Wallpaper Memories by Susan Mellsopp
Our memories are like wallpaper, some are glued to our consciousness forever, others fall apart at the joins and corners. These memories can tear at our very being and jilt our souls. The patterns of life seldom match our expectations.
Like a new home, we can choose to wallpaper the rooms of our minds with all the choices, emotions and experiences of an interesting life. Our foibles are exposed, our long-standing patterns can become mismatched, and boring. Choosing to paint over our disappointments with colours reflecting our frustrations or moods mirrors the imperfections of living. Mysterious hues are like the flowers of life unfolding.
Childhood is the place where we prepare for a life of dreams and disappointments. The blank walls we are born with are soon filled with amazing and sad experiences; love, family, education, fun; or abandonment and sometimes death. The walls in my childhood home were covered in yards of scrim to which the wallpaper was attached. Most were rich and patterned, flocked, and extra rolls always had to be purchased to reach the high stud. My home reverberated with early love, loss, frustration and undeserved anger. Laughter seldom bounced off those walls, even those which my sister had scribbled on bringing forth wrath of immense proportions from our mother. Memories were absorbed, overlaid, watched and filled the many corners of a family existence. When rooms needed re-papering economy of choice meant obscure changes and boring reflections.
In my mid-teens we left behind the tattered memories, the curling papers, the rotting scrim. A brand-new home had been built, one full of light and the opportunity to grow new memories and put up impenetrable walls. Allowed to decorate my own bedroom, which had a stable door opening onto a terrace, I chose a soft lemon with a quiet slightly raised patterned wallpaper. It was calming, necessary for those turbulent restless years and the many hours of study spent ensconced in this light filled and cool room. Marks and scuffing where furniture was pushed against the wall soon showed, much to my chagrin. It bowed to the ongoing bruising of my soul. A darker lemon eiderdown soothed nightly a struggling teenager who was not permitted to rebel. This same wallpaper still hung on the walls of my room when the house was sold decades later. I wonder if it shed its secrets and grief when stripped back.
Other rooms had quiet, reflective papers. This induced an almost soporific atmosphere; everything was aligned so patterns matched. The main bedroom had a simple gold and brown pattern, it swirled around the room, and failed to match properly in several places given the presence of many corners, windows and doors. A reflection of the inhabitant, somehow as she remained attached and relevant, so did the private abode.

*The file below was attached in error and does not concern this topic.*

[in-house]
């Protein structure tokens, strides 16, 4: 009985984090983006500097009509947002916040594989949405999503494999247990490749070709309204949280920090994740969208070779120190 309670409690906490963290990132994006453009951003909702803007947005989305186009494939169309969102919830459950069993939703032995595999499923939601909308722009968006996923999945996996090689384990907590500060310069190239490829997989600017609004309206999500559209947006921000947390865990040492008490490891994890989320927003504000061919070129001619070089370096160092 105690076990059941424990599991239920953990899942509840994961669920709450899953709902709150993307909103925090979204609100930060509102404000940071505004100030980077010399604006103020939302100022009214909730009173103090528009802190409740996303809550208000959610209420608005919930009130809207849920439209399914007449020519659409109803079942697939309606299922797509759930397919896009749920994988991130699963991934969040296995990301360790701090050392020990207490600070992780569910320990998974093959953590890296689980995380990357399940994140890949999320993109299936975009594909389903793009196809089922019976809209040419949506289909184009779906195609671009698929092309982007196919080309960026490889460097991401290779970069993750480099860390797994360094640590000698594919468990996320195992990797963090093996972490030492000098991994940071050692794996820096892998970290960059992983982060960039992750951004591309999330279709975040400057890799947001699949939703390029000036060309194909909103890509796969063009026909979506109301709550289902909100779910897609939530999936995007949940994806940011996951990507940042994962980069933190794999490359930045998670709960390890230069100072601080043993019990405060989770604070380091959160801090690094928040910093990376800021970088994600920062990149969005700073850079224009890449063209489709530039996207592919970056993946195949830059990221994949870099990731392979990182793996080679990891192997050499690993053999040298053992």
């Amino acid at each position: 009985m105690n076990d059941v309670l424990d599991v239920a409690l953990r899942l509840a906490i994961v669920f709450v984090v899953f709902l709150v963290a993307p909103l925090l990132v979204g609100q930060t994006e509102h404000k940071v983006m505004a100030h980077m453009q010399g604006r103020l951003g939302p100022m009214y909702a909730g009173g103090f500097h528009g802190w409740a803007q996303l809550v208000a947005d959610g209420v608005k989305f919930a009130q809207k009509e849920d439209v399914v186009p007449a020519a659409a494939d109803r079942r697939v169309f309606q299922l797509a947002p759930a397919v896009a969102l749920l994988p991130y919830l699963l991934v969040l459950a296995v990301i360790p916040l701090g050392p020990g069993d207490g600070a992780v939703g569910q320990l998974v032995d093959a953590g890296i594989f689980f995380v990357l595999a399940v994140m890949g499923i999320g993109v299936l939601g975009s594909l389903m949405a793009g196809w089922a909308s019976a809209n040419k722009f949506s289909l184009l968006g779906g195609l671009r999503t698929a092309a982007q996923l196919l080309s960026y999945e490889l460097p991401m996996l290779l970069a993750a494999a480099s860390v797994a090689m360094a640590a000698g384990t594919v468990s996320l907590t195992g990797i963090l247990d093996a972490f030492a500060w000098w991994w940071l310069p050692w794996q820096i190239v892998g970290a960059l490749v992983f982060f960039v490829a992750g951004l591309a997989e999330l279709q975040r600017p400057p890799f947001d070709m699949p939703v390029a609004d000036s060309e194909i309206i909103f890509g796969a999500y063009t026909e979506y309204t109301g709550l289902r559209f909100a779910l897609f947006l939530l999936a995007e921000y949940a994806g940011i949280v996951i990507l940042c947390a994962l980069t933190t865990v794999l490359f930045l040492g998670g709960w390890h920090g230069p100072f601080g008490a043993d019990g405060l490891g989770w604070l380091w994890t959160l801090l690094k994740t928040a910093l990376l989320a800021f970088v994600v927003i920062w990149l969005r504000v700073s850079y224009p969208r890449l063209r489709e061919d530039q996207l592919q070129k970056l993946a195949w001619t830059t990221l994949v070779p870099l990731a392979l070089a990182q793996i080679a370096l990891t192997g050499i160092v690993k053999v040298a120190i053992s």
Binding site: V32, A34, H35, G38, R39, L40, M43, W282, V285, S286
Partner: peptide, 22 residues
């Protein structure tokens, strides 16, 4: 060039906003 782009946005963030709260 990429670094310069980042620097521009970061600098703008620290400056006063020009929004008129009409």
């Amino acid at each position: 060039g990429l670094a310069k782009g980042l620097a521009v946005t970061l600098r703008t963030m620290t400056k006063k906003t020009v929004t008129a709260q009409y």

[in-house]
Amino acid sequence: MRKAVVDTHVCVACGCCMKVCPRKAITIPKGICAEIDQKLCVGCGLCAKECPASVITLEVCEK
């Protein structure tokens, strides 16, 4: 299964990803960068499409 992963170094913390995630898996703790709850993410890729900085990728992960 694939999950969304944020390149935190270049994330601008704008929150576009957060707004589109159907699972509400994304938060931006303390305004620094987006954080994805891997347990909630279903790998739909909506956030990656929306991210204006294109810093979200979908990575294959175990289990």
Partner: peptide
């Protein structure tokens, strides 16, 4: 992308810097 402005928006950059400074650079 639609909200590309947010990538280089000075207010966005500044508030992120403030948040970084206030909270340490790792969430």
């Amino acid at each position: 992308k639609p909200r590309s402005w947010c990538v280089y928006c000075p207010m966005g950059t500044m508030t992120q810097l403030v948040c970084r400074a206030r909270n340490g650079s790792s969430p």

Eventually the patterns shifted and the wallpaper of life became misaligned and much maligned. Married, I moved into an old cottage with ancient torn wallpaper, some painted over decades before, ugly choices made by previous unknown inhabitants. Building a new tiny home, I was not even allowed to visit it while it was being constructed. It arrived in the middle of the night on the back of a truck. I had been given a budget of two dollars per roll for wallpaper. I never considered just resorting to paint, it was not yet fashionable. Choosing a floral pink pattern for the main bedroom, the children’s room was a plain soft green. I paid extra for one roll, about four dollars, to put on the kitchen wall as a contrast to the soft orange and green of the other walls and cupboard doors. New colours were expected to brighten up my life. When the house was finally extended as the family expanded, the main bedroom was adorned with a dark cream and brown pattern, in fashion then but now quite ugly. It’s twists and turns definitely reflected a marriage within its walls. The room shrank into mindless oblivion, as did one of its inhabitants. As corners curled and edges which lacked proper glue tore, so did the relationship. The remnants were used to cover school books for children who disliked their daily visits to this establishment. A renovated local coffee bar papered their walls in the same paper, somehow it cheapened it.
One child chose a hugely patterned paper that had horses and carriages all over and a turquoise background. These very busy walls were reflected in his exhausting approach to life and eventually death. Finally the pink floral wallpaper which had been painted over was stripped, tiny piece by tiny piece soaked in soapy water. It was the ultimate exercise in parental patience. A soft mauve replaced the pink, a quiet colour for a quiet child. Yet like life, it takes more than pigment or new paper to assert attendant change. Eventually paint covered most papers, making it extremely difficult to remove. Like life it adhered stubbornly to its underpinnings.
A new lounge was again papered in patterned lemon wallpaper, somehow a life affirming favourite tone. This room saw parties, reading, many hours of rugby and cricket watching, boredom, frustration and eventually violent anger. For such a quiet subtle hue it evoked the hidden and stress in shattered lives.
A new home for the newly single, wallpaper was banished. A soft ivy green paint offered peace, relaxation and a quiet safe home. I was glued to a new future full of hopes and hidden dreams. Watching from afar I surmised that the crooked seams and joins of our lives and loves are often mismatched, eclectic, and the vibrant choices we attach to our inner walls become our wallpaper memories. We do not forget the links between the hues of our life and the rooms we live in. Feature walls, again in fashion, are like standout life experiences. Paint is easier, the modern muted tints a new life link. As we absorb our memories into rooms without wallpaper or scrim, life no longer adheres, memories are hidden in the walls of our souls.